By Landis Lee
Today when street fashion photography is mentioned, photographers such as Bill Cunningham of the New York Times or Scott Schuman of the blog The Sartorialist, may come to mind. Their photographs capture seemingly regular people walking the streets of major cities around the world in their own clothes that have been deemed fashionable and/or photo-worthy by the photographer. The aim of street fashion photography is to capture what “regular people,” going about their day are wearing, un-staged (to a certain extent), rather than fashion photography that is staged and is meant to show a particular fashion in a particular way. Roland Barthes addresses “the pose” in his book Camera Lucida, asserting that when a person knows they are being photographed, they transform themselves and their bodies by posing to create a certain image. They are posing to convey or promote their true self, but are in fact creating an image to show a “real” image.
One photographer who captured street fashion truly did photograph his subjects with them (for the most part), wholly unaware they were being photographed, by use of a hidden camera. This sly photographer was Edward Linley Sambourne. He was not a twenty-first century photographer, and was in fact barely a twentieth century photographer (he died in 1910), making his photographs, which date to 1906-1908, the earliest known example of street fashion photography. Sambourne’s photographs provide evidence that street fashion was captured as early as the turn of the twentieth century.
He was born in England in 1844. He made his living as an artist and is most notably known for his drawings and cartoons in Punch magazine, where he eventually became a full-time artist. At times Sambourne would have creative blocks with his drawing and found it difficult to capture the true likeness of the human figure. In the 1880s, he found a solution for this through photography. He had already started to use photographs taken by friends for him or ones available commercially. However, by the 1880s photography had become an affordable pastime.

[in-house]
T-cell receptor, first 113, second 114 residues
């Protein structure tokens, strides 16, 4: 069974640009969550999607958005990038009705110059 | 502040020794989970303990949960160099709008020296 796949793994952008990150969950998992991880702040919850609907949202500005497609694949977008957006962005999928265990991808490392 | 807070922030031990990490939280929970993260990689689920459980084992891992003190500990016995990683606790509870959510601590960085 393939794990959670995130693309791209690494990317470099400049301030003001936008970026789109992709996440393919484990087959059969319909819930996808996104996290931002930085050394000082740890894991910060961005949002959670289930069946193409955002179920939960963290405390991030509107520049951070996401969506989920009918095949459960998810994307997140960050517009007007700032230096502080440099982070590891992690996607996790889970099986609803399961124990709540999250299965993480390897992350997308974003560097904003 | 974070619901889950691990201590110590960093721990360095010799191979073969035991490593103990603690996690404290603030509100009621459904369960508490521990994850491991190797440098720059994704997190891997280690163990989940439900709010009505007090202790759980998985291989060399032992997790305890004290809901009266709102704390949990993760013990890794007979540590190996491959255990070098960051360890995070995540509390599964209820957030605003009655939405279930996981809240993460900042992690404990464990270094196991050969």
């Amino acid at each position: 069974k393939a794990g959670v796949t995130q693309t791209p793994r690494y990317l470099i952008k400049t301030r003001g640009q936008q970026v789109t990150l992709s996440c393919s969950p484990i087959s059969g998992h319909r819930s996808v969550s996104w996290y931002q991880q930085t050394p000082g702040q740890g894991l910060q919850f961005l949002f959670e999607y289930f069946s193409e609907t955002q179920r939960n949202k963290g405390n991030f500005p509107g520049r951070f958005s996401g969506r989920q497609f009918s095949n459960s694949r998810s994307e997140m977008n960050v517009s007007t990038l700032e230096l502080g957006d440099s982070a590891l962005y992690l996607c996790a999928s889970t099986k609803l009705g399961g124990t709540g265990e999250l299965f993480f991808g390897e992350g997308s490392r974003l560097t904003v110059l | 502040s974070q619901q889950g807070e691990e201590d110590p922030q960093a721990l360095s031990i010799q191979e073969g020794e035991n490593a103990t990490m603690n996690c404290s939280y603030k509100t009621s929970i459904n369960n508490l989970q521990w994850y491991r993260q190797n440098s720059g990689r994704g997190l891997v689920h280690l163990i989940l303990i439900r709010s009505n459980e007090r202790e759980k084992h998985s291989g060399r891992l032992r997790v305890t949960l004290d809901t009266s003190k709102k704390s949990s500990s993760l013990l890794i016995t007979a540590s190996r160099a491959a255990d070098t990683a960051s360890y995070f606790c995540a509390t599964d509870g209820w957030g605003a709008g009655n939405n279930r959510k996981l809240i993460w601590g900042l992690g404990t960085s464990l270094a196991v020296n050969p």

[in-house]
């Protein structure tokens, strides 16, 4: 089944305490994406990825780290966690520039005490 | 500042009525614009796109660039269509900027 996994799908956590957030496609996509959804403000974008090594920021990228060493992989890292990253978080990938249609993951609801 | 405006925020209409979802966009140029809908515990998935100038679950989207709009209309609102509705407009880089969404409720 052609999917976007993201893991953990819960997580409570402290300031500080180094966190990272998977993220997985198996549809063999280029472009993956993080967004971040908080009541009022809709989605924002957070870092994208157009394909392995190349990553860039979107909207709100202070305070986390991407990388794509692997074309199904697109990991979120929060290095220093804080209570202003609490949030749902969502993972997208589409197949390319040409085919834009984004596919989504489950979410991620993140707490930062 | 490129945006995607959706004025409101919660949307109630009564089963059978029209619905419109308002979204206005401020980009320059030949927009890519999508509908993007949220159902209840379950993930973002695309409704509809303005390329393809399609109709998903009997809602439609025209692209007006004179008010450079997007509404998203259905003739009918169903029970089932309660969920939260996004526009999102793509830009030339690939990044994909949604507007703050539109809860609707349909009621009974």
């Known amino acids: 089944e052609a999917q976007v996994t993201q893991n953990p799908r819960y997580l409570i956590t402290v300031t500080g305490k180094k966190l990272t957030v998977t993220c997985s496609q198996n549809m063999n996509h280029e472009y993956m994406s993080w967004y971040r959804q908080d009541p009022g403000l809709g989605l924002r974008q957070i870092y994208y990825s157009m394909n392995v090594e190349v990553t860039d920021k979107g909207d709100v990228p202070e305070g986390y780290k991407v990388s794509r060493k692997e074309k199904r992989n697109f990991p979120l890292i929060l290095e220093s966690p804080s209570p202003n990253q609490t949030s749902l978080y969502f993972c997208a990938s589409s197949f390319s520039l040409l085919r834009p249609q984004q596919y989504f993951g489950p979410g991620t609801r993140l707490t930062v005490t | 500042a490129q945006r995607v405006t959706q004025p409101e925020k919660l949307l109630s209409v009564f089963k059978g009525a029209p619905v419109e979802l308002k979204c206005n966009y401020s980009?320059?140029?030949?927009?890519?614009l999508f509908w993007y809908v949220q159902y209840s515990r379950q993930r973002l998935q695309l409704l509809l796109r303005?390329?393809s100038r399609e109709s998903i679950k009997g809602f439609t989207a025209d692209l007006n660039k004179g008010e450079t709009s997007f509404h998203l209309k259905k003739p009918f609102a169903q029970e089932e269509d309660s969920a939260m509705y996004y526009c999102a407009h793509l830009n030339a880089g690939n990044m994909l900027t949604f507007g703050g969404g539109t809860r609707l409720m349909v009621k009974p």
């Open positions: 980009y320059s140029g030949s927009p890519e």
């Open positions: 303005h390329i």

Sambourne would have certain models, his children, relatives, and domestic staff pose for him “sometimes wearing costumes borrowed from artist friends or from an agency, and would then use the prints as guides for his drawing.” If models were not available “and he needed a policeman, a brewer’s drayman, or a working man throwing a brick during a riot” he would find an original.
Although Sambourne was using photography for his work since the 1880s, it is the candid 1906-1908 photographs that are important in documenting the history of street fashion. These photographs show mainly young women walking outside, going about their daily business. Everyday fashions that women were wearing on the streets of Paris and London at the turn of the twentieth century are documented through these photographs. Sambourne’s photographs are extremely similar to today’s street fashion photography.
Dave Walker, the author of the post “Street Style 1906: Edward Linley Sambourne’s Fashion Blog,” writes of street fashion blogging as being “a genuinely new phenomenon, a product of the Internet, a distinctly twenty-first century thing.” He goes on to say, “photographers have taken pictures in the street since it was technically possible but no-one ever did a style blog in the early years of the twentieth century. But Edward Linley Sambourne came close. The one difference between Sambourne’s street photography and the pictures taken by modern style bloggers is that for the most part his subjects had no idea they were being photographed. Sambourne used a concealed camera.” Walker also points out that Sambourne’s photographs are important to fashion history because of the casual look of the subjects, which is in contradiction to the stiff, formal fashion plates and staged photos of the Edwardian period. This echoes my view wholeheartedly about Sambourne’s photographs. They are important to fashion history because they offer a rare glimpse of the garments in motion. The viewer can see how the women actually moved in their dresses: women holding their skirts up to walk or climb stairs, showing how they manipulated their dresses in order to move around in them. Sambourne’s photographs offer more than a view of the fashion; they offer a glimpse of everyday Edwardian pedestrian life.